Goa. Two syllables that instantly bring to mind days under parasols by the beach, sipping on something refreshing and cool; the soothing sounds of the sea by night; partying till 6 in the morning in Baga and heading to a shack for an early morning breakfast; bike rides on tarred roads vanishing into a horizon of green fields; and of course, swimming in the sea.
Goa isn’t just about raves and beer and general debauchery. It’s about food and people and the sea and so many little moments that make you want to keep going back to it month after month, year after year. I know I’ve been doing that since my first time there, way back in 2004. It’s my one retreat to detox my system of urban life, let down my hair, kick back my feet and watch the sun sink into the sea. It’s like a feast for the senses and I never tire of the place, ever. Every time I go there, I discover something new – people, places, food, things to do, moments to capture. But there are moments from those trips that are etched in my mind forever. Here they are.
1. The journeys.
I’ve flown down a couple of times, but the most memorable journeys have been the bus rides and the drive down. The bus slices across the Ghats, offering a view of the sea at most points and sometimes, mist-laden mountains. The one time my friend and i drove down, we lost our way at around 3 a.m in the morning and relied totally on the GPS to help us find our way back. We took the state highway through Belgaum to Goa, and what a drive it was. Rickety, pebbly, kachcha roads with great views of the lush-green valley. *Sigh*
2. Shacking by the sea.
Our arrivals usually follow a pattern: Get to the room, dump luggage, freshen up, head to the beach, find a shack, sink into a cane chair facing the sea, vegetate. We’ve spent entire days there, sometimes talking, but at most times eating and doing little else. And of course, every time we go, we pay our respects at Britto’s and order almost everything on their menu.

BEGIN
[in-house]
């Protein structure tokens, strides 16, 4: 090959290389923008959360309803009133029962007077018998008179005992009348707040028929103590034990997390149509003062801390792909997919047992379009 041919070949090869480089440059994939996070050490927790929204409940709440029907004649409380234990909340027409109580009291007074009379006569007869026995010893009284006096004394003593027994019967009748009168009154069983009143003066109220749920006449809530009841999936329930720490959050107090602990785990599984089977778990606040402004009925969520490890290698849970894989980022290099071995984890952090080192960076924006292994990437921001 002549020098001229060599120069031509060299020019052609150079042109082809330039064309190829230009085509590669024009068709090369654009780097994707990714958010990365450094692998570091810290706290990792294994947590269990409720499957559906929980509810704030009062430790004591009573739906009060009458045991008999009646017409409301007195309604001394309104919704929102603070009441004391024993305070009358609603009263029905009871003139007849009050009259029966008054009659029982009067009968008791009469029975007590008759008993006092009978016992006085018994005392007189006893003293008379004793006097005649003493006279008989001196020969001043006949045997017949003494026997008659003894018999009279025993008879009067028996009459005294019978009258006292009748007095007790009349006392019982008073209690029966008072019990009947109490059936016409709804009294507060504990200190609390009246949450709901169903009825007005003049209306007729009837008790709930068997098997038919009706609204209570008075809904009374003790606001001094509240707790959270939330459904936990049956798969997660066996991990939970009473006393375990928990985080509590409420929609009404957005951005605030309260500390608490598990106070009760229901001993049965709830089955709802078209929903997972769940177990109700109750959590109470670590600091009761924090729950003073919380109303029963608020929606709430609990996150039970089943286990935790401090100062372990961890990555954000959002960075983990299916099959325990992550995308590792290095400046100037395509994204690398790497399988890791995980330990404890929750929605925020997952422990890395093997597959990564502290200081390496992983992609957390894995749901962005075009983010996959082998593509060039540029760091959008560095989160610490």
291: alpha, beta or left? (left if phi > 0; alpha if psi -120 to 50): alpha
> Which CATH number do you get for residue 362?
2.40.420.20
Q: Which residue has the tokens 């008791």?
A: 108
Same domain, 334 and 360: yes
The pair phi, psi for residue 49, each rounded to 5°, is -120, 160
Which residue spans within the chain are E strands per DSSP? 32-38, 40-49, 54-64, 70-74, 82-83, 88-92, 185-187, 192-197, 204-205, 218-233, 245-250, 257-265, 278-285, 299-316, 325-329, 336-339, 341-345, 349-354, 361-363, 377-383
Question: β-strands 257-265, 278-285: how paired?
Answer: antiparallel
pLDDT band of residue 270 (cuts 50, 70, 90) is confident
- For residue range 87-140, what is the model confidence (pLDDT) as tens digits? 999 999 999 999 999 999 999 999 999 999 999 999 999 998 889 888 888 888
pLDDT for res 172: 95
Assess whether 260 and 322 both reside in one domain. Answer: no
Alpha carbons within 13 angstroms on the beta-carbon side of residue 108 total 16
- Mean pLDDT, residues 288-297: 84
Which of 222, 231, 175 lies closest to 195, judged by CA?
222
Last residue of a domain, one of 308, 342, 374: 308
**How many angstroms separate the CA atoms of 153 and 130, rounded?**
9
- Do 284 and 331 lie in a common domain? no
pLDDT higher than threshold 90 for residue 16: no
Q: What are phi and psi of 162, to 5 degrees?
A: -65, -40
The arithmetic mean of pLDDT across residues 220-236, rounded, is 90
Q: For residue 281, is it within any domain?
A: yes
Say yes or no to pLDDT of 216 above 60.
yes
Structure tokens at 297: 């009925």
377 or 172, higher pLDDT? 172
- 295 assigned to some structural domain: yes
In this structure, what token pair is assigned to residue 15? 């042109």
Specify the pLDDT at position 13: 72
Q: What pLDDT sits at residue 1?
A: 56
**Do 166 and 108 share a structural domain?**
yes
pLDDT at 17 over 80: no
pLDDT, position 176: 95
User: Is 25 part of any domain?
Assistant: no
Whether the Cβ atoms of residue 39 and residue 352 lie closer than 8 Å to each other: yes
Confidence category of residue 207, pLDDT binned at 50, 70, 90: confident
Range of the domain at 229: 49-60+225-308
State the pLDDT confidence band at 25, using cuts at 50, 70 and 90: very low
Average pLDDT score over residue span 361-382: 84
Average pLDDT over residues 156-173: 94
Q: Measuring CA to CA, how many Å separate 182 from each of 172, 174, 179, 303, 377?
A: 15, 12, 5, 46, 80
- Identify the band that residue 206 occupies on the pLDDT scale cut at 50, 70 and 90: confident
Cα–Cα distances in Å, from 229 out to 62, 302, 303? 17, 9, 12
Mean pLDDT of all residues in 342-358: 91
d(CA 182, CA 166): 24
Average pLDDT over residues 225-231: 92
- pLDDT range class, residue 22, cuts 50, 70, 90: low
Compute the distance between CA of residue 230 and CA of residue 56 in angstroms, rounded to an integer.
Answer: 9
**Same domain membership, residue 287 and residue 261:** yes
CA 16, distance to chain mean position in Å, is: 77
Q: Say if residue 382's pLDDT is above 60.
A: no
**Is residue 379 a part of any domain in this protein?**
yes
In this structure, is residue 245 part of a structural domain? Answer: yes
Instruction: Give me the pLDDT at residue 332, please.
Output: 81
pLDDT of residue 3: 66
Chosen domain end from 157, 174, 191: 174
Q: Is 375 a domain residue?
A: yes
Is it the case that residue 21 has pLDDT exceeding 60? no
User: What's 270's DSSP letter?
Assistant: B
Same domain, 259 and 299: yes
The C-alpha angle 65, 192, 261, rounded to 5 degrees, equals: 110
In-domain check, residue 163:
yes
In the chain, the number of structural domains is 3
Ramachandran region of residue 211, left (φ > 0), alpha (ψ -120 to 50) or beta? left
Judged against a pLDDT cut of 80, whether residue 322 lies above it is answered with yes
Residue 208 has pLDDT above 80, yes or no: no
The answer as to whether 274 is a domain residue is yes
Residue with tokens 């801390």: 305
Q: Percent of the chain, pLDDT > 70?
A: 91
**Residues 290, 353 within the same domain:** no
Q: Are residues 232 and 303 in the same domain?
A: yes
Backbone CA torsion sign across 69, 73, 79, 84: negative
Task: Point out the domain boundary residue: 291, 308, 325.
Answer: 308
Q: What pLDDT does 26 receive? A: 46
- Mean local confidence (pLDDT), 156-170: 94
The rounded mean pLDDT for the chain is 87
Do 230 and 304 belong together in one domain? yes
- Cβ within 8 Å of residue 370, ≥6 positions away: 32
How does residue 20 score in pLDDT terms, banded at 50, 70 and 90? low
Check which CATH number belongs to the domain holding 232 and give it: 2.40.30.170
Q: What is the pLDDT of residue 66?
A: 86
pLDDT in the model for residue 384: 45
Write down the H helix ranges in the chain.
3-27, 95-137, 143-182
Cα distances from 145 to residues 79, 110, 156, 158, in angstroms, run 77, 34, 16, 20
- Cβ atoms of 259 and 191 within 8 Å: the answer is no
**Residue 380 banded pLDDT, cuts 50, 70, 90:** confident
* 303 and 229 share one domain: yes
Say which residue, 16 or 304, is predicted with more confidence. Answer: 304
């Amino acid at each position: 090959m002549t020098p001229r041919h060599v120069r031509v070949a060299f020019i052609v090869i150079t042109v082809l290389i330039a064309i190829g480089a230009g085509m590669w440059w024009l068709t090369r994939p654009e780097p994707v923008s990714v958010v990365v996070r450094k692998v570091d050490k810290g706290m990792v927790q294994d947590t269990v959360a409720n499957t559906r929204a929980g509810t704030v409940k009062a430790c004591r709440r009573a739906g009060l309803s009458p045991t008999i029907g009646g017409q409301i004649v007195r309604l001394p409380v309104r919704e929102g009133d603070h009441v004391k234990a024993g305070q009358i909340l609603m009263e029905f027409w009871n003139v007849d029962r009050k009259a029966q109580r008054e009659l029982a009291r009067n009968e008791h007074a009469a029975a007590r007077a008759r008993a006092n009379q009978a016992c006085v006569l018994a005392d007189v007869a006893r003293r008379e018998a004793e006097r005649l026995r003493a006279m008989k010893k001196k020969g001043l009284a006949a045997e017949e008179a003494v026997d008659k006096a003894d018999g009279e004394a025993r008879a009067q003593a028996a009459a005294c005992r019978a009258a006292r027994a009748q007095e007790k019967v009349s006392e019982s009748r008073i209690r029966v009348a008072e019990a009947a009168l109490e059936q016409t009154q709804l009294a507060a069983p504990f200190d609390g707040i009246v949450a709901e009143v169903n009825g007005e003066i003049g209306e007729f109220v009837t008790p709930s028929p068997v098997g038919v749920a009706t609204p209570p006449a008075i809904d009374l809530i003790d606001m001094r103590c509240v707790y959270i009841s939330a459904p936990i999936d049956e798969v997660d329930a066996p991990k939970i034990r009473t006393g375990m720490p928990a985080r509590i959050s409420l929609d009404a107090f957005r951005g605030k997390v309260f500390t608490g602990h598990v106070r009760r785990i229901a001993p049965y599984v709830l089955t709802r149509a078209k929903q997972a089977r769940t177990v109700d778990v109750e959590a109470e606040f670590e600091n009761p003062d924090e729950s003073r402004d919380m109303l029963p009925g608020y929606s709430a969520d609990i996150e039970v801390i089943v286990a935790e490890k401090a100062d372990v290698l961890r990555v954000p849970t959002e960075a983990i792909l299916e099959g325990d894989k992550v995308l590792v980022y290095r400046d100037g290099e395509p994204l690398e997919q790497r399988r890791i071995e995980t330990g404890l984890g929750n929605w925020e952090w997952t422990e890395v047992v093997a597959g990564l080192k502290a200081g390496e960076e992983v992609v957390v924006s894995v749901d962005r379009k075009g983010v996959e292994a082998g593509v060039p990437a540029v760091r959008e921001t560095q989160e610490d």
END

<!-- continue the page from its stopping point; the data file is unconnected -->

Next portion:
3. Viva Carnivaaaaaal!
I saw the Goan Carnival for the first time last year, in March. The weather was unbearably hot, with a sea of people lining the streets of Panjim waiting for the floats to pass by. It was colourful, fun, overwhelming (especially when a King Kong-size Grasshopper float went by) and so full of life. I loved every minute of standing on the streets and clicking away. They have a carnival every year, so if you’d like see, be brave and make a trip in March.
4. Shopping at the Tibetan Market
The market is perfect for buying silver jewellery. Slightly heavy on the wallet, but the designs are absolutely gorgeous. You’ll also find some quaint hair ornaments, little idols of Buddha, and yes, Tibetan businessmen and women who drive a hard bargain.
5. Beach bumming.
By far, the best thing to do when you’re in Goa. Find a sunbathing chair with a parasol above your head to protect you from the scorching sun, and sit there all day. The shacks will bring your food and drinks to you; all you have to do is eat and drink. Watch the people go by. Get a foot massage. Get a fake tattoo. Watch a family of old aunties in Gujarati-style sarees cosy up to a non-Indian for a picture that their husbands are taking. Watch the sun dip, slowly, slowly… There’s nothing that a day of beach bumming cannot cure (except, maybe, for skin cancer). It cleanses your soul of everything bad. Really.